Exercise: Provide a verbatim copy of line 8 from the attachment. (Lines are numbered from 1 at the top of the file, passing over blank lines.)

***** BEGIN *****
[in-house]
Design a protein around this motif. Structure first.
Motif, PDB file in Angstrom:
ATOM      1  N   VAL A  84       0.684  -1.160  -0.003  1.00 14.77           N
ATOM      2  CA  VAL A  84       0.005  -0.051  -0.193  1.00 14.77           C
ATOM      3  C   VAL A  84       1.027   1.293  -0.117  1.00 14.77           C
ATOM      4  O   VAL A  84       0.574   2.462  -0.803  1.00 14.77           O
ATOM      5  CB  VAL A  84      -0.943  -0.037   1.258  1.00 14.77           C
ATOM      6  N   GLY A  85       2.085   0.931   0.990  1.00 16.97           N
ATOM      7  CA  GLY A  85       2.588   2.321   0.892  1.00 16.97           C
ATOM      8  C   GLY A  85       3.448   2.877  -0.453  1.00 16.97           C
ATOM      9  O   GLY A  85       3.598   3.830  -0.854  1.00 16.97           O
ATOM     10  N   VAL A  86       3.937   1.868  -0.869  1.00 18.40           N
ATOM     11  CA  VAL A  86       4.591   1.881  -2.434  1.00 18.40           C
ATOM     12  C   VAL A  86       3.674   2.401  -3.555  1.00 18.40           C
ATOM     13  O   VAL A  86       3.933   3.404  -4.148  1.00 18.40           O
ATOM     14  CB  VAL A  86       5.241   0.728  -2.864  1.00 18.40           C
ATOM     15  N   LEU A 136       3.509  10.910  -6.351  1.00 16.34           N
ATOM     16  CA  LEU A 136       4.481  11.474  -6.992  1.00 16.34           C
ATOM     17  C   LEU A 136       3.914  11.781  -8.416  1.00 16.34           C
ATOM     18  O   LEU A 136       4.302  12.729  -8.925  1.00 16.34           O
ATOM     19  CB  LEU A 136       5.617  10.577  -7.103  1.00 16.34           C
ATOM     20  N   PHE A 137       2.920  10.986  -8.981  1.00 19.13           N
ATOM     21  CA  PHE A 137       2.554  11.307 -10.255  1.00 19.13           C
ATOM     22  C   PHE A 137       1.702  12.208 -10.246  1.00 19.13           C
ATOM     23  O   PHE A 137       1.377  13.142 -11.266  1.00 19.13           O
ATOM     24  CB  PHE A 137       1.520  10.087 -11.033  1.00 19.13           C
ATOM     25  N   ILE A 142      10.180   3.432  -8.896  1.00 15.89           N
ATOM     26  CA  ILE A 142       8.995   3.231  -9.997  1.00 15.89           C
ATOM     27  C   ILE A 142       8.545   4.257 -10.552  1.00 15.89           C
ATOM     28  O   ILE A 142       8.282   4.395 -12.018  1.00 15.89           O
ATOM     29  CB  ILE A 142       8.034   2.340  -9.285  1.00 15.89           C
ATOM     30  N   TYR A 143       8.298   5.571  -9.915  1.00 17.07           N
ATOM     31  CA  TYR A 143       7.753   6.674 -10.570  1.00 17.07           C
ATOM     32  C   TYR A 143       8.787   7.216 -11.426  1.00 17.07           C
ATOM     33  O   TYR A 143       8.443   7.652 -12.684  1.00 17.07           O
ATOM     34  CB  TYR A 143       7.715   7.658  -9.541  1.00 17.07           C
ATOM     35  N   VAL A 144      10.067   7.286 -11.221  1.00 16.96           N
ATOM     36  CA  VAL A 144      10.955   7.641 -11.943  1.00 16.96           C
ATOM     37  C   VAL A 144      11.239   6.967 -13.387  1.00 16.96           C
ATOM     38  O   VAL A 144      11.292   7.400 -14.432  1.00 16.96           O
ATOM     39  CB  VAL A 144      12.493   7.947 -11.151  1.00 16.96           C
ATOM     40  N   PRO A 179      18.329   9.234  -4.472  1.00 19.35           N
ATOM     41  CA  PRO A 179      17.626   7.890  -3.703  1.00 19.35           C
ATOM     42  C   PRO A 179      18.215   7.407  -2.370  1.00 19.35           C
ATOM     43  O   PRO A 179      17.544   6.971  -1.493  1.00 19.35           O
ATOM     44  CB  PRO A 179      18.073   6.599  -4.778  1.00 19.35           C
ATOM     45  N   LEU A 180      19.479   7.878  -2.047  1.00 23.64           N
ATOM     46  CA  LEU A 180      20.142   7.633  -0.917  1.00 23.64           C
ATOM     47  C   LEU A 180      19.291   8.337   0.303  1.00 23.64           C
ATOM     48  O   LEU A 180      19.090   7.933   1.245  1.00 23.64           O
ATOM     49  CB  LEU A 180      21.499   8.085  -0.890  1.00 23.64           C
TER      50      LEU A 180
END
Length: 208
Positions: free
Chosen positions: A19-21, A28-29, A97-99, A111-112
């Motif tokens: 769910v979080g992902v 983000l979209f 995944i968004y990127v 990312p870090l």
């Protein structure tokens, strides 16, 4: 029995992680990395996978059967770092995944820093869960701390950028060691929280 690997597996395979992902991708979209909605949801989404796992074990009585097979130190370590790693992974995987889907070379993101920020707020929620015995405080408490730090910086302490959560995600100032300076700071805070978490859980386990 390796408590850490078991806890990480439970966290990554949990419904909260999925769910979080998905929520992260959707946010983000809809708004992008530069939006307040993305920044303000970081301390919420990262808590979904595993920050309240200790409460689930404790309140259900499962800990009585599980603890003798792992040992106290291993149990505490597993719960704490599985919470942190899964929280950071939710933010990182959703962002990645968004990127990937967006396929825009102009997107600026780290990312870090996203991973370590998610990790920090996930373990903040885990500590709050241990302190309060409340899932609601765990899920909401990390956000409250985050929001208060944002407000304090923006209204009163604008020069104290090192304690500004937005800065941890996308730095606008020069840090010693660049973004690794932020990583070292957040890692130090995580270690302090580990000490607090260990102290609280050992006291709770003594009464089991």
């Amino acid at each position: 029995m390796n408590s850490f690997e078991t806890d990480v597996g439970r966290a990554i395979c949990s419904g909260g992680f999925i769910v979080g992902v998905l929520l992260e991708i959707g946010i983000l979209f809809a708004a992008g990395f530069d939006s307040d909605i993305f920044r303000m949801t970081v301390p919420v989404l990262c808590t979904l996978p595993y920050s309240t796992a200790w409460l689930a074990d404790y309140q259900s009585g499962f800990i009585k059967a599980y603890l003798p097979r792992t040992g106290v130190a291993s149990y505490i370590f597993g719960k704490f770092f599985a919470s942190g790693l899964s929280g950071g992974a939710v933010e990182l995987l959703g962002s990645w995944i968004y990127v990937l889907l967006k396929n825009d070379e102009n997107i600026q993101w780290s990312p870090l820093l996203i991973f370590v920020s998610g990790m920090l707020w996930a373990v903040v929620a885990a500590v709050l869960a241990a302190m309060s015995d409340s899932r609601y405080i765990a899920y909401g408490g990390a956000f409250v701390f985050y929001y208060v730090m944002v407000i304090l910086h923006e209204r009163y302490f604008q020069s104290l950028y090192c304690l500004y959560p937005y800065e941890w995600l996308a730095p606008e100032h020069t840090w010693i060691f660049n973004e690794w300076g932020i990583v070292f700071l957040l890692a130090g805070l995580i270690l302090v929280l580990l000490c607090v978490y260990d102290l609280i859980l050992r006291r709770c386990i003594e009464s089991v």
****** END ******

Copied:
ATOM      5  CB  VAL A  84      -0.943  -0.037   1.258  1.00 14.77           C